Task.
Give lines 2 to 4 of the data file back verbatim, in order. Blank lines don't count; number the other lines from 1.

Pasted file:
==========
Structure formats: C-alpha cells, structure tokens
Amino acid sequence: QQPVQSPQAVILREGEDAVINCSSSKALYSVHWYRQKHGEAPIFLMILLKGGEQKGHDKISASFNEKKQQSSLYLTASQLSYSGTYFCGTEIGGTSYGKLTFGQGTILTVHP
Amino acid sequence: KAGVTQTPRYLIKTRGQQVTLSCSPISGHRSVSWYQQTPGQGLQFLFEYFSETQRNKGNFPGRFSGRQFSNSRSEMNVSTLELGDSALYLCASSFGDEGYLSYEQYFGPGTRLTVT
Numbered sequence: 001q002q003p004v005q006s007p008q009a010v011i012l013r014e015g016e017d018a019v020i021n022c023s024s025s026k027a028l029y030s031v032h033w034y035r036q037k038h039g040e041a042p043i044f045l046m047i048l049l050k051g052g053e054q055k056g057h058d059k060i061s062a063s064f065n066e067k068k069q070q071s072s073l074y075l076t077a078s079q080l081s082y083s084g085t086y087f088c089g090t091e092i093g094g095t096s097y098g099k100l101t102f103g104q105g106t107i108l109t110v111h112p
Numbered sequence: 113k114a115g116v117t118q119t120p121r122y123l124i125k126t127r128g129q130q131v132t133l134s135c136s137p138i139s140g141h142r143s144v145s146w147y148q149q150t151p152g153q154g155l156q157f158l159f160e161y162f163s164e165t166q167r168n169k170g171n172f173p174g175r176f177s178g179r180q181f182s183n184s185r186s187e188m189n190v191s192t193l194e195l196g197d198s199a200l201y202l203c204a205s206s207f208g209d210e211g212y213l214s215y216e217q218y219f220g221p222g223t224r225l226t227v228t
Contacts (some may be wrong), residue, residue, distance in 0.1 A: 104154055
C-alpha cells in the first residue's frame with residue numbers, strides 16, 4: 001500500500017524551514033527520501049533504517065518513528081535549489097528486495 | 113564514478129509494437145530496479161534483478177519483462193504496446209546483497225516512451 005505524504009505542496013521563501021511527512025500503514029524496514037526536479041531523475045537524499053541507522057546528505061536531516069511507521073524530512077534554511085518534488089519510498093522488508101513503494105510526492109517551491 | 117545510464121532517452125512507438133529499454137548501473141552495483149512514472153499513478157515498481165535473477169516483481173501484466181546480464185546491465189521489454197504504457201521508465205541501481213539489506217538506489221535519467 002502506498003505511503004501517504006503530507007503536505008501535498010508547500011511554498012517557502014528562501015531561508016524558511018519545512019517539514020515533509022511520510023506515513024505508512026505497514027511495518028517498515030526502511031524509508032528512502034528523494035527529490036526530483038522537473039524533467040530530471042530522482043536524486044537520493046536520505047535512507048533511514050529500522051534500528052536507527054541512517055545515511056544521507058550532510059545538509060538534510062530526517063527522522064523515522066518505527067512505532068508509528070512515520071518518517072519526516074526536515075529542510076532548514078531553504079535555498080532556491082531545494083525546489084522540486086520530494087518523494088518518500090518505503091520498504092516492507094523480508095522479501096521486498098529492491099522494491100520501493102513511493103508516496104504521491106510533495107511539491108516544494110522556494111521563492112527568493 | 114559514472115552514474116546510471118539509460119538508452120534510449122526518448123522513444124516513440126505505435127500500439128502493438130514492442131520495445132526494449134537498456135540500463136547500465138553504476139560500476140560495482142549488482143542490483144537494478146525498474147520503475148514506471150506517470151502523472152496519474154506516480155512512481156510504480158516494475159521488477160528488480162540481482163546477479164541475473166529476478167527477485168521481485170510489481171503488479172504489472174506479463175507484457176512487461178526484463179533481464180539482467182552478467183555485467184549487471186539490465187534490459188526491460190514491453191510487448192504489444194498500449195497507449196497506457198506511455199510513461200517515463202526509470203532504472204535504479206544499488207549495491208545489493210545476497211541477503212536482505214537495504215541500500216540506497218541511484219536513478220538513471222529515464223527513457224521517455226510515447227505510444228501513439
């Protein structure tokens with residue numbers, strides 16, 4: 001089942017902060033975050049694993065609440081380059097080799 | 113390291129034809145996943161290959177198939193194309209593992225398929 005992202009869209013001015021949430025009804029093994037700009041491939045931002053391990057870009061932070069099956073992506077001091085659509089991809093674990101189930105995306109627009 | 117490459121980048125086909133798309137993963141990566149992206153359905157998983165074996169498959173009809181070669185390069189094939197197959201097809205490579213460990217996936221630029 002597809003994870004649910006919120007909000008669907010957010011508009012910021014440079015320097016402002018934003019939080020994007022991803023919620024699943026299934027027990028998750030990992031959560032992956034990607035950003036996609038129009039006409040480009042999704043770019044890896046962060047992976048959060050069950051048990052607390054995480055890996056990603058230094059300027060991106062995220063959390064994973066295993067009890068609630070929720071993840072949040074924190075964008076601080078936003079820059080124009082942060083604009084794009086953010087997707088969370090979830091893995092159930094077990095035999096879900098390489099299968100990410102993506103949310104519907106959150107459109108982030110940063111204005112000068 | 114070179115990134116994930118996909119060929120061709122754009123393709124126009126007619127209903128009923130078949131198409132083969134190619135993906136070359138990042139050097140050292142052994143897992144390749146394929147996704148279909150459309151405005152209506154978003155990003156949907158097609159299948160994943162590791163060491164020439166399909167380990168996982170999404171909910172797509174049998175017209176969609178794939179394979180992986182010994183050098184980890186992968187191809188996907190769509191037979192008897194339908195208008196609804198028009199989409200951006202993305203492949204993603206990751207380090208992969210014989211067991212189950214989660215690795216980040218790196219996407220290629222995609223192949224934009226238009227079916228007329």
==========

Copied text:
Amino acid sequence: QQPVQSPQAVILREGEDAVINCSSSKALYSVHWYRQKHGEAPIFLMILLKGGEQKGHDKISASFNEKKQQSSLYLTASQLSYSGTYFCGTEIGGTSYGKLTFGQGTILTVHP
Amino acid sequence: KAGVTQTPRYLIKTRGQQVTLSCSPISGHRSVSWYQQTPGQGLQFLFEYFSETQRNKGNFPGRFSGRQFSNSRSEMNVSTLELGDSALYLCASSFGDEGYLSYEQYFGPGTRLTVT
Numbered sequence: 001q002q003p004v005q006s007p008q009a010v011i012l013r014e015g016e017d018a019v020i021n022c023s024s025s026k027a028l029y030s031v032h033w034y035r036q037k038h039g040e041a042p043i044f045l046m047i048l049l050k051g052g053e054q055k056g057h058d059k060i061s062a063s064f065n066e067k068k069q070q071s072s073l074y075l076t077a078s079q080l081s082y083s084g085t086y087f088c089g090t091e092i093g094g095t096s097y098g099k100l101t102f103g104q105g106t107i108l109t110v111h112p